Woodford boasted that the bank demonstrated a resilient performance amid COVID-19 uncertainty demonstrated by maintaining the profit before tax in spite of the significant reduction in the Bank Rate.
This was underpinned by a normalisation of credit losses, as well as, a resilient non-interest revenue (NIR) base. Return on equity of 18.2% (2020: 20.1%) has declined due ot the conservative level of capital held over the financial year, as well as the 2% reduction in profit after tax.
“The past year has presented itself as a real and severe economic test, and FNBB has shown that its income streams are resilient while a key focus has been on strengthening the balance sheet” he said.
A decrease of 15% in interest income was driven by the reduction in the Bank Rate, the decline in the advances book, as well as by a change in the advances portfolio mix.
This was further driven by the fall in the cash and investment portfolio interest income due to the reduction in risk free rates as well as lower yields across investment securities for a portion of the year.
Interest expense decreased 22% following an 8% decrease in deposits and the Bank Rate reduction.
The deposit mix shifted from overnight deposits to term deposits as clients sought higher yields.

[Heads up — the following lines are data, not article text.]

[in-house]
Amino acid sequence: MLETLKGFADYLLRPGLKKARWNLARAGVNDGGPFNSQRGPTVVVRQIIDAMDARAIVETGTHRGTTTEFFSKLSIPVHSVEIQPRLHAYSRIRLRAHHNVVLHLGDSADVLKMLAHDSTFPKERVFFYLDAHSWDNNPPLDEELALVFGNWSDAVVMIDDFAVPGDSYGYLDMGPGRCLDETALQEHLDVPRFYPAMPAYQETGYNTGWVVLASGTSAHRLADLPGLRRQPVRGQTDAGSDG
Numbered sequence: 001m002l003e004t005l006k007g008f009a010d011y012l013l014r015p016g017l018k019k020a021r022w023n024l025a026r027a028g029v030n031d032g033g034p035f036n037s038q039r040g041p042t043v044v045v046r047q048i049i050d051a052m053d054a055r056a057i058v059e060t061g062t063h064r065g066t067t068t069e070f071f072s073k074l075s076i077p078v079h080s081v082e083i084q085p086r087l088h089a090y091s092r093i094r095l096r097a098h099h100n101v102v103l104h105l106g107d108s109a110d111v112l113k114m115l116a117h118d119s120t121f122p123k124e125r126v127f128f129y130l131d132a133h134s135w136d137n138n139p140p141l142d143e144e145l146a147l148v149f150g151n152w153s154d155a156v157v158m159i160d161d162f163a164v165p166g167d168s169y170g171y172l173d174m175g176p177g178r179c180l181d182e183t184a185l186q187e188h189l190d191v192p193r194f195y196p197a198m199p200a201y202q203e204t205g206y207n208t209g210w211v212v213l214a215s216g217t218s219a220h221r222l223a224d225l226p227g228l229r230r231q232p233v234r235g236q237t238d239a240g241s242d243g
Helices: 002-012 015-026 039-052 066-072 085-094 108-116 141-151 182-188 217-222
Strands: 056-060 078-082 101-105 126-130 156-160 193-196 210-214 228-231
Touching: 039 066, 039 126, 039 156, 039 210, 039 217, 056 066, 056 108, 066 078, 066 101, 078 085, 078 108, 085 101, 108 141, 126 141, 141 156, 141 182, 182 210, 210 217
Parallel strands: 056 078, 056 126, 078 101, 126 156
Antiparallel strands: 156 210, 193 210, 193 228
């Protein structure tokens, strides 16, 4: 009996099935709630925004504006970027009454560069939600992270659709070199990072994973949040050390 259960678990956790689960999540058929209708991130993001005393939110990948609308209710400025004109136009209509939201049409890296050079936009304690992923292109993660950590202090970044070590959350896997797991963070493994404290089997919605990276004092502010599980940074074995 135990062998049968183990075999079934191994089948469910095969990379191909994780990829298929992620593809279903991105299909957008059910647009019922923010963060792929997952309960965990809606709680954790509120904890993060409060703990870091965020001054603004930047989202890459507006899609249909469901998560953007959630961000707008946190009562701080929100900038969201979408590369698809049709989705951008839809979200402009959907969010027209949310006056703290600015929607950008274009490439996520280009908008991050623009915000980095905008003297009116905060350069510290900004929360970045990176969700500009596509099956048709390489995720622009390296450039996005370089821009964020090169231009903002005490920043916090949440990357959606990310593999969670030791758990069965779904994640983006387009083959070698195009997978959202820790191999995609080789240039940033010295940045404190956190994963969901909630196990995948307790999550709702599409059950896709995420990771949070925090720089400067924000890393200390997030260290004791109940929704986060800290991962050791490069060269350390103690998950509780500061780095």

Impairments declined by 43% year-on-year driven by a 49% reduction in both Stage 1 and 2 impairments, as well as, a 40% reduction in Stage 3 impairments.
The stage 1 and 2 impairment decline followed a reduction in the gross advances exposure, as well as, the normalisation of impairments in June 2021.
The Stage 3 impairments decline is attributed to a reduction in defaults over the period, with the bank having partnered with clients to help their businesses through the pandemic.
The P180m reduction in impairments results in areduction in the credit loss ratio to 1.6% (2020: 2.6%).
Non-interest revenue remained flat with a 1% increase year-on-year. The increase was driven by service fee and card commission income growth of 7% offset by a 30% reduction in foreign exchange revenue.
The growth in service fee and card commission was supported by increased volumes across the bank’s digital and electronic channels, but most noticeably in merchant transactions.
Improved connectivity on our digital channels generated growth in both transactional volumes and values.
The bank broadened its financial inclusion by continuing to expand its CashPlus channel and thereby bringing services to more remote locations while offering further convenience to our customers.
The cost-to-income ratio of 51.9% (2020: 47.9%) reflects FNBB’s success in balancing cost management initiatives with strategic investments and as affirmed by the minimal increase in operating costs.
Going forward Luke Woodford said FNBB will continue to invest in a forward-thinking approach to technology and innovation.
Growth has been witnessed in registrations across all digital platforms, with customers appreciating the ease of digital transactability, and the options to serve themselves in the form of convenient, value-added services with minimum added exposure to COVID-19.
“Investment in infrastructure and especially in the bank’s robust cyber security measures remain key objectives, so as to facilitate self-service initiatives which are both efficient and secure for customers” he said.